One more game. They play 82, and then the league gets chopped into two halves. Naismith’s peach baskets and the NBA into two halves of a peach. 16 teams in one basket, 14 teams left out in the cold rain and wind as spring enters. Those franchises waiting for the draft lottery in order to begin dreaming of better seasons to come. Of those 16 teams that move on to the bigger stage, only 5 or 6 are given something resembling a reasonable shot at claiming the title, while only three or maybe four are talked about as legit contenders. But forget about the talking and forget about June because the first round will start Saturday, and the Warriors and Spurs aren’t in the East, which means our beloved Celtics have a glimmer of hope. It’s very possible the Celtics don’t advance to the second round of the playoffs, while its also very possible that they do. Boston has played like a 55 win team and like a 35 win team, so it’s reasonable that they have won 47 as we make our way to Game 82.
Fast forward to halftime. The Celtics franchise honored their past greats from three different decades. Championship teams from 1966, 1976, and 1986 (let’s not worry about those mediocre ’96 Celtics or the misery-inducing 2006 crew.)
The 2016 Celtics were annihilated by Miami in the first 24 minutes. Down 20 points as soon as you could say “Joe Johnson Resurrection,” the Celtics groped around in the dark searching for the door to the present day. In that first half they were as lifeless as they’d been for the majority of the Hornets game, which had followed an ugly fourth quarter in Atlanta. Suffice it to say this was not the way Brad Stevens had imagined this critical three-game final week test would go. He hadn’t drawn up plays that ended in white flag waving or collapsing onto the parquet.
Finally, the mojo turned at the half. We were watching on delay, but I asked Natasha if we were dead or if we had a crazy run in us. She said 20-0 run, and then they went on a 20-0 run. Miami players started coughing up the ball due to the Celtics perimeter pressure that had been nonexistent in the first half. They were the ones looking beleaguered and antsy. Our threes were finally falling,
Boston held Miami to 5 points (franchise record) in the 3rd quarter, and a paltry 26 in the second half. By the time the 26-point comeback was complete, it seemed that the Heat had officially been snuffed out.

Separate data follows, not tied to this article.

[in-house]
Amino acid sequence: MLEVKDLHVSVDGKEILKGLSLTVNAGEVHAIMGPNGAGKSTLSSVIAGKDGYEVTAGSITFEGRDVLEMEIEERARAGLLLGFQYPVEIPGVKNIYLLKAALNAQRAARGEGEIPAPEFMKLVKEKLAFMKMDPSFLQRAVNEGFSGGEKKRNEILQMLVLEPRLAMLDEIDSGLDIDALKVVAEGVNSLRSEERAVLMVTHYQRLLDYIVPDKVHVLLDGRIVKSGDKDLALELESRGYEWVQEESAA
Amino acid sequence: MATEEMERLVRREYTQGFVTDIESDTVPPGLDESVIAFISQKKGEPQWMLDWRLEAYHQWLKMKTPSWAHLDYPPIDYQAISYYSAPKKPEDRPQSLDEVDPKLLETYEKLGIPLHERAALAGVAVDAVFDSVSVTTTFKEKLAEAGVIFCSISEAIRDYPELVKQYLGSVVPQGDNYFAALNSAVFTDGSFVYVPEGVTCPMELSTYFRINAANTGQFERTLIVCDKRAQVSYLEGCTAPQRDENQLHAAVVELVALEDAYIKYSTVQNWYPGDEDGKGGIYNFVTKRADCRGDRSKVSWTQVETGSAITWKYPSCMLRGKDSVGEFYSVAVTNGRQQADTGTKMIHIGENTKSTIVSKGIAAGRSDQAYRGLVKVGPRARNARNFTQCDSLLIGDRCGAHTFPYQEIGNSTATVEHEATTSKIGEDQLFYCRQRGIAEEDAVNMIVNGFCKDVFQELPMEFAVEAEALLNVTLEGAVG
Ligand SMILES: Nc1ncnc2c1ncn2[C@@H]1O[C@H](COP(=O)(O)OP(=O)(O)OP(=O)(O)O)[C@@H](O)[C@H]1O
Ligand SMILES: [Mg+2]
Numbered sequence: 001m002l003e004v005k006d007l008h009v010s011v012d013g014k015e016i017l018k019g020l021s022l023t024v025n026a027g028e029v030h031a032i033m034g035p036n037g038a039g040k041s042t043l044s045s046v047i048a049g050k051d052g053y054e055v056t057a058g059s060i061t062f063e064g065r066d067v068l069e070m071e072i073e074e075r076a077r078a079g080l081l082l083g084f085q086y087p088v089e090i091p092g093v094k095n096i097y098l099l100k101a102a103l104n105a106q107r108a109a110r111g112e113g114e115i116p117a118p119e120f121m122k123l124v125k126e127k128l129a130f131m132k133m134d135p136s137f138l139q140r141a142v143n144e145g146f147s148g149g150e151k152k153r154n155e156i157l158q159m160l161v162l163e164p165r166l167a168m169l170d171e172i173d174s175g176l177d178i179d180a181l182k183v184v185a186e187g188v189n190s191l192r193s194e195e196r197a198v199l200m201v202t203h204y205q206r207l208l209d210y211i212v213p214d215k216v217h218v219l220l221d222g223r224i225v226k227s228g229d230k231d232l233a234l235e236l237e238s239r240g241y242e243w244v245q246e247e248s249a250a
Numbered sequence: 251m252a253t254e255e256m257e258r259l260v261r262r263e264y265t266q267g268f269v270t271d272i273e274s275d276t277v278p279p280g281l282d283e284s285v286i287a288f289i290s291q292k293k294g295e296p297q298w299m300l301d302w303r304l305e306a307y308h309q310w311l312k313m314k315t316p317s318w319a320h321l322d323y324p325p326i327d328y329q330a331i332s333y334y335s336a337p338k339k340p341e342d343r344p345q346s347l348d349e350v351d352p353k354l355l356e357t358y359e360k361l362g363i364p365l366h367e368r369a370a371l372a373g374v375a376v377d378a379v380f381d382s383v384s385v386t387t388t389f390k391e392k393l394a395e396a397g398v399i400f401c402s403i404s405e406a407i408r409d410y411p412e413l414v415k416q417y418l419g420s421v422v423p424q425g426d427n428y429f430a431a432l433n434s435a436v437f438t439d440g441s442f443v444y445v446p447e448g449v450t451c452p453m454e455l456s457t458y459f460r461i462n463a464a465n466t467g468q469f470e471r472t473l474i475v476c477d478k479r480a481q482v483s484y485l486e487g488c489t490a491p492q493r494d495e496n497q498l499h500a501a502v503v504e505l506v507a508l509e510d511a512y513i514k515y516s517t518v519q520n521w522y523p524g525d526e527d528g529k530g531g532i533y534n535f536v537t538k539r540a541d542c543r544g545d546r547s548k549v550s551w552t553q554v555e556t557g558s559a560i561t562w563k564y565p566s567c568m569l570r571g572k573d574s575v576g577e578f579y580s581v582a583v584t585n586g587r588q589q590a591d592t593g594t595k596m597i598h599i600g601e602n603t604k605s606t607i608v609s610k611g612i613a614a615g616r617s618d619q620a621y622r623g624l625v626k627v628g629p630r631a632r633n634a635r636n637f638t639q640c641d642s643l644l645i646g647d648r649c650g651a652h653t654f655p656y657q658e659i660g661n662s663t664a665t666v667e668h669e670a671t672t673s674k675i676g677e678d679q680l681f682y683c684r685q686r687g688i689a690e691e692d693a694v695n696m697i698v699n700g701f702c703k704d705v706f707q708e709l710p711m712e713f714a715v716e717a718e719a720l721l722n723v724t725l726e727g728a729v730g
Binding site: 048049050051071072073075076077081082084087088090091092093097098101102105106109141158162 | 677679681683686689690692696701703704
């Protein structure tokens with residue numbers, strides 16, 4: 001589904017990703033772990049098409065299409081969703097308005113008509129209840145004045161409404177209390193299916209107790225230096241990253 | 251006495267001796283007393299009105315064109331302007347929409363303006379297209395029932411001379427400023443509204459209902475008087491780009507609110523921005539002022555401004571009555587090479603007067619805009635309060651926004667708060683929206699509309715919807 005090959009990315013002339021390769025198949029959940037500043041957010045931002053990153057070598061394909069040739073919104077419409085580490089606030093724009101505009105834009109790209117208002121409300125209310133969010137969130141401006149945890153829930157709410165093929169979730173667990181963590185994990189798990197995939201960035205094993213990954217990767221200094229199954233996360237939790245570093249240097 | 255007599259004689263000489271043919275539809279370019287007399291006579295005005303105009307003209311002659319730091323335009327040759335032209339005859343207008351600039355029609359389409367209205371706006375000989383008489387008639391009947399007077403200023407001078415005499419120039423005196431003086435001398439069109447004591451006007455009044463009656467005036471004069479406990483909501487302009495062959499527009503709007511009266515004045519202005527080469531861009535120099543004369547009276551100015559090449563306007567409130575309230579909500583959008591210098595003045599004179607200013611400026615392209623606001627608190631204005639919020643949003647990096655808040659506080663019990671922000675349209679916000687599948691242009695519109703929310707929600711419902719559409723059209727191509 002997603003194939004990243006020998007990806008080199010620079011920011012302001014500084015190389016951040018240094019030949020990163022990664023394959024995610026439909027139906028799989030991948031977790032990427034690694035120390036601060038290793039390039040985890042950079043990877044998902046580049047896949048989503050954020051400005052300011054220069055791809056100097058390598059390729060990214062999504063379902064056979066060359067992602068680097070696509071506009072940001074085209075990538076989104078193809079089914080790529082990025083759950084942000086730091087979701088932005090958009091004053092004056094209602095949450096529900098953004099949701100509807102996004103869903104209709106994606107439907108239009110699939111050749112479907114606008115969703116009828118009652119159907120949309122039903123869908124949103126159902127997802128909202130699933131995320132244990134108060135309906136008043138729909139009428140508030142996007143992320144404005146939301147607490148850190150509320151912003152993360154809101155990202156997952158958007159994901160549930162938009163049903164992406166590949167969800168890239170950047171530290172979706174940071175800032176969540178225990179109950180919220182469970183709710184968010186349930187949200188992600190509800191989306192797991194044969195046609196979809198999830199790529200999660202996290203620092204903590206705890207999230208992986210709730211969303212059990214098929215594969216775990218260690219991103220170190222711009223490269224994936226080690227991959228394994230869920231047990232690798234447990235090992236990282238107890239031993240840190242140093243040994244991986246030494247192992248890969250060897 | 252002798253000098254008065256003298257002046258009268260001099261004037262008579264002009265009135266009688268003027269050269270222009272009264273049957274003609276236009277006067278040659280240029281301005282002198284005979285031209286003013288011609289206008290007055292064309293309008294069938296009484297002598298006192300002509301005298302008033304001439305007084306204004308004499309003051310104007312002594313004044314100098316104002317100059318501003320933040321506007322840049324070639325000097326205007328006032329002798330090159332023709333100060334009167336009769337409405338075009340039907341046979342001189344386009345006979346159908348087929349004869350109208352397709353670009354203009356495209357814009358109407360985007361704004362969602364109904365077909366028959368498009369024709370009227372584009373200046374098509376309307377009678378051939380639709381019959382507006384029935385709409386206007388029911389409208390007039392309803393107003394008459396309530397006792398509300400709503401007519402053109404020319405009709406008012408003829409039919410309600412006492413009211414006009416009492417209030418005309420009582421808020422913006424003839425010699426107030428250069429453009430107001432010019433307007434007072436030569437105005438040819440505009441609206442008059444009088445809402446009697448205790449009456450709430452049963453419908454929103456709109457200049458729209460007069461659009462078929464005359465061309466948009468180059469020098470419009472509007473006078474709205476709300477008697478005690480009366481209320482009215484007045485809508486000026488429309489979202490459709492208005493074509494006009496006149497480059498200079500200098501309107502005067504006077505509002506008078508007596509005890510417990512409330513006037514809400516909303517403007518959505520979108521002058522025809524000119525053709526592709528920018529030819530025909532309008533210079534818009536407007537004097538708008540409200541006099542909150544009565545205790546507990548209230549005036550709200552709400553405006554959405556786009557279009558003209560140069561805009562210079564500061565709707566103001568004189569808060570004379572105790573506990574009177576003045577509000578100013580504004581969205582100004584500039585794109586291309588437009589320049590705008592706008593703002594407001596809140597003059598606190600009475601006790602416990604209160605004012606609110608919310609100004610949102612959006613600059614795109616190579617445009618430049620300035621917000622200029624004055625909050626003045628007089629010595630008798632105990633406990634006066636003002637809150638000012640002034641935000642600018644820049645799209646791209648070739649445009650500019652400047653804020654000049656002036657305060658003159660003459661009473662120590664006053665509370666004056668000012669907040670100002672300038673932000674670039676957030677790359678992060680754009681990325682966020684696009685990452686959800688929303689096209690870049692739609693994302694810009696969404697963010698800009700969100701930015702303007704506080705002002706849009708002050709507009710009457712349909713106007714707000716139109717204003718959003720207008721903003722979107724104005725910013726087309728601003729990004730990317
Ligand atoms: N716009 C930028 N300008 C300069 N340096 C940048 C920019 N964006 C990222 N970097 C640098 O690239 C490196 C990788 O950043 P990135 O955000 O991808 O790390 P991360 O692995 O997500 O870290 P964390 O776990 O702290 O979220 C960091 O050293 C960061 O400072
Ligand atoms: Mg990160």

Sadly, so were the Hawks on this final night of the regular season, by a bitter Wizards team that would have been in the same fight for home court had Bradley Beal’s knees been happy. All four teams, Atlanta, Miami, Boston and Charlotte finished with identical 48-34 records, but due to various tiebreaker legalities, the Heat ended up with the 3rd seed, and Boston dropped to 5th, losing home court to the Hawks.
The season has been a genuine success so far, the young Celtics taking a solid step, advancing from 40-win playoff underdog to 48-win playoff possibility. Of course there are those who see nothing under a 55-win season or advancing to the second round as a successful season. Fan expectations are often unrealistic when considering a 17-title franchise, rightfully enamored with its own history. Still, climbing the ladder to contention is a process, and this season brought vertical progress in that climb.
Now on to the bigger goals. Showing that growth in late April and maybe even early May. The Sam Hinckie resignation in Philadelphia and the 35-win season in Orlando should remind Celtics fans to be grateful for genuine progress. After all, we watched those 2006 Celtics.
4. Hawks vs. 5. Celtics
GAME 1 – Celtics at Hawks, Sat. April 17, 7 p.m. ET, ESPN
GAME 2 – Celtics at Hawks, Tue. April 19, 7 p.m. ET, TNT
GAME 3 – Hawks at Celtics, Fri. April 22, 8 p.m. ET, ESPN2
GAME 4 – Hawks at Celtics, Sun. April 24, 6 p.m. ET, TNT
GAME 5* – Celtics at Hawks, Tue. April 26, TBD, TBD
GAME 6* – Hawks at Celtics, Thu. April 28, TBD, TBD
GAME 7* – Celtics at Hawks, Sat. April 30, TBD, TNT